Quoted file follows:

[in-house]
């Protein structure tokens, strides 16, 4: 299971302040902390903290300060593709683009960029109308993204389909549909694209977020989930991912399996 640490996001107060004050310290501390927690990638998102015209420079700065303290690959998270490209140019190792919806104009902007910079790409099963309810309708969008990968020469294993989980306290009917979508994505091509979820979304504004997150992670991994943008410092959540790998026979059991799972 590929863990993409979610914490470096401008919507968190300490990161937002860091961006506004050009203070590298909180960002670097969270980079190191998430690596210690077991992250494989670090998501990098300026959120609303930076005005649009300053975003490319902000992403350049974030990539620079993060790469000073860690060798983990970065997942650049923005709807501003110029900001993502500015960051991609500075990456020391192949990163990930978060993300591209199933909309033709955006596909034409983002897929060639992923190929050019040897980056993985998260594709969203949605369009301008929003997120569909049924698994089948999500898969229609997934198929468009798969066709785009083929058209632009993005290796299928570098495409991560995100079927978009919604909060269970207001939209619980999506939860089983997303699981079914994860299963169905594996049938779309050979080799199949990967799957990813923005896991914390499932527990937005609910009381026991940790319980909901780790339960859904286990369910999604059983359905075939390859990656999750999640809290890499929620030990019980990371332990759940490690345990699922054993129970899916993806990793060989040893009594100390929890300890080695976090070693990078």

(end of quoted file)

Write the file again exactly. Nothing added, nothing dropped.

[in-house]
């Protein structure tokens, strides 16, 4: 299971302040902390903290300060593709683009960029109308993204389909549909694209977020989930991912399996 640490996001107060004050310290501390927690990638998102015209420079700065303290690959998270490209140019190792919806104009902007910079790409099963309810309708969008990968020469294993989980306290009917979508994505091509979820979304504004997150992670991994943008410092959540790998026979059991799972 590929863990993409979610914490470096401008919507968190300490990161937002860091961006506004050009203070590298909180960002670097969270980079190191998430690596210690077991992250494989670090998501990098300026959120609303930076005005649009300053975003490319902000992403350049974030990539620079993060790469000073860690060798983990970065997942650049923005709807501003110029900001993502500015960051991609500075990456020391192949990163990930978060993300591209199933909309033709955006596909034409983002897929060639992923190929050019040897980056993985998260594709969203949605369009301008929003997120569909049924698994089948999500898969229609997934198929468009798969066709785009083929058209632009993005290796299928570098495409991560995100079927978009919604909060269970207001939209619980999506939860089983997303699981079914994860299963169905594996049938779309050979080799199949990967799957990813923005896991914390499932527990937005609910009381026991940790319980909901780790339960859904286990369910999604059983359905075939390859990656999750999640809290890499929620030990019980990371332990759940490690345990699922054993129970899916993806990793060989040893009594100390929890300890080695976090070693990078």